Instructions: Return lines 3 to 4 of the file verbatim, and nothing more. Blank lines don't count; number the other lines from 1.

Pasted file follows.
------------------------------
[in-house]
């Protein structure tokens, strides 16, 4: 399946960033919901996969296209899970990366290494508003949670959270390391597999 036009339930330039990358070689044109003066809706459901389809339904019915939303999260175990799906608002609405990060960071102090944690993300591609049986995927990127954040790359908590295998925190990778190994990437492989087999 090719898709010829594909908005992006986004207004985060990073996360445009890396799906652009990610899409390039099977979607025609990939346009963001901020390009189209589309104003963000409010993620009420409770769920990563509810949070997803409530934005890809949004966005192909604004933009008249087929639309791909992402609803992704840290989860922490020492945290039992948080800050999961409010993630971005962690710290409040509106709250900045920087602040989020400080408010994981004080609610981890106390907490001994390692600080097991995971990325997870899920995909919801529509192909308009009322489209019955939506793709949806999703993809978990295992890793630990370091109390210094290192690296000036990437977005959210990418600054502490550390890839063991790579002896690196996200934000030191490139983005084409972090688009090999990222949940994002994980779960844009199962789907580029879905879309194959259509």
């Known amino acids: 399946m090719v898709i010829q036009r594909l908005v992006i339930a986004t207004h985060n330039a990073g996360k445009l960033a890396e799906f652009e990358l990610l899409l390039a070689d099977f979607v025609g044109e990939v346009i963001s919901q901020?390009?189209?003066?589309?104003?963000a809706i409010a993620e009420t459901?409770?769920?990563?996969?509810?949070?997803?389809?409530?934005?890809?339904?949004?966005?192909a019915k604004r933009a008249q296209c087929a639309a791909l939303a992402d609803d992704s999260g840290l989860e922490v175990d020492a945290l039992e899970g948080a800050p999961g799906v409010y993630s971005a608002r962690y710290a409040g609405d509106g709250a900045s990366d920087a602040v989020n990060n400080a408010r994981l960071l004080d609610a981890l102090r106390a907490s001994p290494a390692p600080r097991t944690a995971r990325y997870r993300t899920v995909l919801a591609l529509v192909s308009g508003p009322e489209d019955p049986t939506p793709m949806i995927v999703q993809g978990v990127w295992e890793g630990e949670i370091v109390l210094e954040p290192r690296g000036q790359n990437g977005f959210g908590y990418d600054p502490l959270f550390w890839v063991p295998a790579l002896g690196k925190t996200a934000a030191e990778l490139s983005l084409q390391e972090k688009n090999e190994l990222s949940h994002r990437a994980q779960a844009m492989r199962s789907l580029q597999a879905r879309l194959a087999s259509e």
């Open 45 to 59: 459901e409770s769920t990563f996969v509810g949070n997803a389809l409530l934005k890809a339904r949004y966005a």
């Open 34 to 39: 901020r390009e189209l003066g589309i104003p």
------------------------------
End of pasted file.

């Known amino acids: 399946m090719v898709i010829q036009r594909l908005v992006i339930a986004t207004h985060n330039a990073g996360k445009l960033a890396e799906f652009e990358l990610l899409l390039a070689d099977f979607v025609g044109e990939v346009i963001s919901q901020?390009?189209?003066?589309?104003?963000a809706i409010a993620e009420t459901?409770?769920?990563?996969?509810?949070?997803?389809?409530?934005?890809?339904?949004?966005?192909a019915k604004r933009a008249q296209c087929a639309a791909l939303a992402d609803d992704s999260g840290l989860e922490v175990d020492a945290l039992e899970g948080a800050p999961g799906v409010y993630s971005a608002r962690y710290a409040g609405d509106g709250a900045s990366d920087a602040v989020n990060n400080a408010r994981l960071l004080d609610a981890l102090r106390a907490s001994p290494a390692p600080r097991t944690a995971r990325y997870r993300t899920v995909l919801a591609l529509v192909s308009g508003p009322e489209d019955p049986t939506p793709m949806i995927v999703q993809g978990v990127w295992e890793g630990e949670i370091v109390l210094e954040p290192r690296g000036q790359n990437g977005f959210g908590y990418d600054p502490l959270f550390w890839v063991p295998a790579l002896g690196k925190t996200a934000a030191e990778l490139s983005l084409q390391e972090k688009n090999e190994l990222s949940h994002r990437a994980q779960a844009m492989r199962s789907l580029q597999a879905r879309l194959a087999s259509e």
């Open 45 to 59: 459901e409770s769920t990563f996969v509810g949070n997803a389809l409530l934005k890809a339904r949004y966005a």